You can tell a lot about a person just by the state of his or her hair. You can tell how people are feeling, how they are feeling about themselves, whether they got up in time to do their hair the way they wanted, and more.
The Bible has a few things to say about hair. In ancient Israel, cutting the hair was a disgrace for both men and women. Hair is the crown and ornament of the head. The Song of Songs is a love letter of a poet to his beloved. In it, he praises the loose hair of his beloved in the highest terms, with an image that expresses dynamism, fullness, and wild power: “Your hair is like a flock of goats, moving down the slopes of Gilead” (Song 6:5)
The billy goat was called “the hairy” in Hebrew. It was a symbol of great vitality. So if anyone says your hair is like a flock of goats moving down the slopes, you should take that as a compliment.
Yet, there is destructive power in that kind of vitality, and people recognized it. Sometimes the vitality of someone’s hair led others astray and was referred to as the goat demon. The symbolism of the demonic also became associated with human hair. Hair could be a divine sign or a demonic symbol – long strong hair was (and is) symbolic of one’s life-force, eroticism, a figure of the untamable, and of protest.
One segment in the movie, Jason and the Argonauts, dealt with getting the head of Medusa. In Greek mythology, her hair was exaggerated and demonized in the form of snakes. If you looked upon her face and hair, it was so mesmerizing (symbolic of the destructive power of eroticism) that it turned people into stone.
Of course, by the time of Jesus, it must have been more commonplace for men to have short hair. Why else would the apostle Paul write in his letter to the Corinthians, that it is unnatural for a man to have long hair? (1 Cor. 11:3-16). Is it any wonder that the Beatles brought fear to the traditionalists and conformists in the 1960’s with their hairstyle?
A woman’s glory and honor was her long hair, properly wrapped around her head when she was in public. Letting the hair down was for personal and private matters. To the male leaders of society, however, the women’s loose hair in public symbolized that the women themselves were loose from social constraints or expectations. They weren’t playing by the rules. Rebellious behavior was grounds to accused of possession by a god or demon.
So with all this symbolism associated with hair, let’s look at the gospel story where Mary – in public – unwraps her hair, anoints Jesus’s feet, and wipes them dry with her hair. Is this something that we are supposed to do – literally? And if she took the time to bring her expensive offering, why didn’t she bring a towel…what can you really dry with your hair?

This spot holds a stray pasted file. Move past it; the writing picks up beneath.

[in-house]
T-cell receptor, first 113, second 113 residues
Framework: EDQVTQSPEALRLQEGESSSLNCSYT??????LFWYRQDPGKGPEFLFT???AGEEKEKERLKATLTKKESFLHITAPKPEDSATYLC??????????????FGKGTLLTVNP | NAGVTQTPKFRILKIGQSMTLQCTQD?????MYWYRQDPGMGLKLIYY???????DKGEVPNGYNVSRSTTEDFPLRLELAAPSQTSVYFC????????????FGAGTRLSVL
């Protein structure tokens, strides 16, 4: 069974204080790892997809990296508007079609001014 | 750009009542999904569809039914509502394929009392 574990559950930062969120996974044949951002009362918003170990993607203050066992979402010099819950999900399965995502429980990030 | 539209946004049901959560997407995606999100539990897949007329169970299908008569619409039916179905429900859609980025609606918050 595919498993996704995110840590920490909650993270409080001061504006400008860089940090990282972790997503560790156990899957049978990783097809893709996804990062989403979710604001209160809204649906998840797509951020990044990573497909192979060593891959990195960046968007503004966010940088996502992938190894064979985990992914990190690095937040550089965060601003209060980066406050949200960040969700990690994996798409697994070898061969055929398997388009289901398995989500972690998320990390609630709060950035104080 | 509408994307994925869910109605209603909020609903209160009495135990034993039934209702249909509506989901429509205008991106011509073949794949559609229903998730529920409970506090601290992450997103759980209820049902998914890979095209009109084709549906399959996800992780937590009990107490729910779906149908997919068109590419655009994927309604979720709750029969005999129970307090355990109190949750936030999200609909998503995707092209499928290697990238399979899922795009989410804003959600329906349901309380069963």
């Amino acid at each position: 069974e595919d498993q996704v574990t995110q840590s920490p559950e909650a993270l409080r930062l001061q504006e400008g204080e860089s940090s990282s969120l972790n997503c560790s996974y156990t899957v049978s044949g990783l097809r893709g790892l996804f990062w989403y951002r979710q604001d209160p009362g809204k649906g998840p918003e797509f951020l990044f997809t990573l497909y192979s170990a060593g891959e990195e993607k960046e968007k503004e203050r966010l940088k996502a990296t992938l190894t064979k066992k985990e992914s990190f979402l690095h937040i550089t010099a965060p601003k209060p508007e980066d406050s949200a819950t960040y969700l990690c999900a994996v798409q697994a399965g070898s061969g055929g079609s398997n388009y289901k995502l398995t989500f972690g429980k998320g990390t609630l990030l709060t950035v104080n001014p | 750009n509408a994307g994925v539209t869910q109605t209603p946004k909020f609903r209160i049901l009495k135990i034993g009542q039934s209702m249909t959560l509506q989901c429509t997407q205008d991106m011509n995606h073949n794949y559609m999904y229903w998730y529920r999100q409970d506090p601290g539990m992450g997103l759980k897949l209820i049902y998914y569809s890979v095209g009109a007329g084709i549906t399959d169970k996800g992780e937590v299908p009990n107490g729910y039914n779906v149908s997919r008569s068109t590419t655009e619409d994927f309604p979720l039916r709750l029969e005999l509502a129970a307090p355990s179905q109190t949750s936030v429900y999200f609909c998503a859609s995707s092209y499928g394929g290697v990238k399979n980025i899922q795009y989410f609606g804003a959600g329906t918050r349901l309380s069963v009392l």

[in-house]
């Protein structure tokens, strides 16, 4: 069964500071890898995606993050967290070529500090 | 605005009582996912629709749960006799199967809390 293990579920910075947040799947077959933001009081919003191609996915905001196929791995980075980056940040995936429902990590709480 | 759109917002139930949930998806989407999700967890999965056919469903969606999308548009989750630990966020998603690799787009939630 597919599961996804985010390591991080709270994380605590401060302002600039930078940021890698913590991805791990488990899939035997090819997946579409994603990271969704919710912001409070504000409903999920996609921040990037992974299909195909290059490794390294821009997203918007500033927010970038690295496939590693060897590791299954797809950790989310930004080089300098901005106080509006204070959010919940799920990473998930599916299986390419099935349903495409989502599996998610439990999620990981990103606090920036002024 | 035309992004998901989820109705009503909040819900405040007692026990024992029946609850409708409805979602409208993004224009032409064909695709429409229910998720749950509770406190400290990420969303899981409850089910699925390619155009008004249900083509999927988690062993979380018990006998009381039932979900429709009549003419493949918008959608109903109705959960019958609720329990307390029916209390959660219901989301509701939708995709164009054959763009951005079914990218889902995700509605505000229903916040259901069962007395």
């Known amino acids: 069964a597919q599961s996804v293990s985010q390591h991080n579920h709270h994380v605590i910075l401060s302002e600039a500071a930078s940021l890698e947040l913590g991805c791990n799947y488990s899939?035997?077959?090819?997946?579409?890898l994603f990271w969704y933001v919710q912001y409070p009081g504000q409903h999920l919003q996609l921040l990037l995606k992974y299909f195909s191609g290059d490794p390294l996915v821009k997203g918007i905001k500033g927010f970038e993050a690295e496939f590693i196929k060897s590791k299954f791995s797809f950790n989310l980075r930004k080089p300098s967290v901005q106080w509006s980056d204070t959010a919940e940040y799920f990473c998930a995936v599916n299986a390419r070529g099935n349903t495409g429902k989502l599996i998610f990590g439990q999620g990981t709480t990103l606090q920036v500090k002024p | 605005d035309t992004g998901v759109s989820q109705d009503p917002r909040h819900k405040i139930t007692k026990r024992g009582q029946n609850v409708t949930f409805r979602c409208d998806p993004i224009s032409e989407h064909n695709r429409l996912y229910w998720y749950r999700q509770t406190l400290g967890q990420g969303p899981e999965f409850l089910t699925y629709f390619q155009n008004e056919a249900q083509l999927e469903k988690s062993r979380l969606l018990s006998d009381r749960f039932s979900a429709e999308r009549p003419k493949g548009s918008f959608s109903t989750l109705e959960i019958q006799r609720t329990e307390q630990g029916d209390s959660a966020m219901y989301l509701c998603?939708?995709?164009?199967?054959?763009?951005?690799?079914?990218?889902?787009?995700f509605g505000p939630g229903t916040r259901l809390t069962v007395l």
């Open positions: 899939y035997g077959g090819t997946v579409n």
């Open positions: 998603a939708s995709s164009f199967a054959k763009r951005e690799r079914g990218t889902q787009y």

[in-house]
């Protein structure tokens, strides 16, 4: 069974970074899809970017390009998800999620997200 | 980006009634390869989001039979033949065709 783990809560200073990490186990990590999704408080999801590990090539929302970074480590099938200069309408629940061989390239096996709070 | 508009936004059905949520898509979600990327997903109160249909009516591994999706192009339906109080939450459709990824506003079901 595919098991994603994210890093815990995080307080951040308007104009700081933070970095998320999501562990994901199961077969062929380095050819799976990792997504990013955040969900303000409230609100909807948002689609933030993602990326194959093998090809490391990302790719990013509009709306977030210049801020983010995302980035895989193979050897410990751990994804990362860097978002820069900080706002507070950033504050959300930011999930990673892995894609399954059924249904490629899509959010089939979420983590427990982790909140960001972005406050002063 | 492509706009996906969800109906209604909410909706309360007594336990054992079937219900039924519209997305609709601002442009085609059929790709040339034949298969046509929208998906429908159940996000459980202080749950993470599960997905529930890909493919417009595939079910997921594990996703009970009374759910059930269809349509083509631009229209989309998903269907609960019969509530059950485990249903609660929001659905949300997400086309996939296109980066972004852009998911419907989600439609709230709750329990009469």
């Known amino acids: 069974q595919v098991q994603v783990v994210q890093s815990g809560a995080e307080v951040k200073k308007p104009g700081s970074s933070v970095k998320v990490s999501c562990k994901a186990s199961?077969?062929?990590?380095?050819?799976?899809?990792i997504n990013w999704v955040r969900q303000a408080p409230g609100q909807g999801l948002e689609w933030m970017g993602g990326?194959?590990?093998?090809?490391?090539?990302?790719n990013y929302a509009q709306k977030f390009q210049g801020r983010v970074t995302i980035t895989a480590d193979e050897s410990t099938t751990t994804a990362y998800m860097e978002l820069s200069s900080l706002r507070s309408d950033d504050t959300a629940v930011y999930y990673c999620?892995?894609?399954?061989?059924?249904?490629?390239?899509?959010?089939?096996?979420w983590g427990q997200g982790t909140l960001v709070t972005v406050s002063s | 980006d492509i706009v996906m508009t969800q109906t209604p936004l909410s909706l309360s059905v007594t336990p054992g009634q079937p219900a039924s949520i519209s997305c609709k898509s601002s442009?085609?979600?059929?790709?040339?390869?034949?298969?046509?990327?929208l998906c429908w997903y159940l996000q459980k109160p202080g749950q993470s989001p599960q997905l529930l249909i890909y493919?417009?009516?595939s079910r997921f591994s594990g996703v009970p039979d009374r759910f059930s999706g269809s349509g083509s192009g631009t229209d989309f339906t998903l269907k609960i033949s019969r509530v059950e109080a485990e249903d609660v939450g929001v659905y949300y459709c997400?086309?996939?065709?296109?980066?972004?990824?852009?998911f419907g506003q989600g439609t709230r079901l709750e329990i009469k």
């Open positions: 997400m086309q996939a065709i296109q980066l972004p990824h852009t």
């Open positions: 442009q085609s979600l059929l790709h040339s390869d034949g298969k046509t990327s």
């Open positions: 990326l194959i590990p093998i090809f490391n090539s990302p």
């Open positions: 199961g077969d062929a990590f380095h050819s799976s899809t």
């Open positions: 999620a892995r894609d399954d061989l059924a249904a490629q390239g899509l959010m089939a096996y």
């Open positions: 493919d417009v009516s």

Stranger still, is the fact that Mary anoints his feet rather than his head.
Footwashing is a practice done in some churches during the season of Lent to mimic Jesus’s washing the disciples’ feet. It’s a very intimate act to allow someone to touch and wash your feet. It’s both humbling and an act of trust (they could tickle your feet). And it’s also a sign from the foot washer of humble service.
Mary was strong enough to not let the expectations of culture, society, or religious regulations prevent her from serving her Lord. She let her hair down and was her own person in the service of the Anointed One. She gave up the honor and glory of her hair as a decoration for her own head, and used it to serve her Lord. It didn’t matter what anyone else thought. And she gave up her possessions, costly perfume worth a year’s wages.
If called to do so, how would you imitate Mary today? Literally, you can grow your hair long enough and then donate it to Locks of Love, or the Childhood Leukemia Foundation, or another agency set up to make wigs for those undergoing chemotherapy for cancer. Sometimes, when someone is raising money for charity, they offer to have their hair shaved off as the prize for reaching the goal. These are acts of sacrifice and service for the sake of others.
If you don’t have hair to give in this literal way, drying someone’s feet with your hair suggests intimate acts of service given to others. You see, to “uncover someone’s feet” was a euphemism in biblical writings for uncovering their private parts. It’s like in the Old Testament when Ruth uncovered Boaz’s feet – you’ll have to go to the book of Ruth to find out what happened. You can’t write those kinds of details where children might be able to read them.
But we aren’t supposed to think Mary’s act was a sexual act – only a spiritual child would interpret it in an immature and worldly way. Spiritual maturity would interpret Mary’s act as a divinely inspired, sacred act of caring for her Lord.
It makes me think of people who are willing to take care of the personal needs of others – surgery doctors and nurses and technicians who deal with patients in their most vulnerable states; hospital, nursing home, hospice nurses or techs or aides who deal with people daily who cannot care for themselves; family members – parents, wives, husbands, siblings, children who care for a family member who cannot care for himself or herself.
It’s often those family members who give up a year’s wages in order to care for their loved one. And the fragrance of their offering fills the house. The love and beauty of this act of kindness and love is sacred and it’s apparent to everyone who enters that place.
So I think there are many things we can learn from Mary’s outrageous actions in this story. One of them is that you may be led to care for someone in intimate ways, and in doing so, you will be serving Christ.
Blessed are those who anoint the feet of Jesus.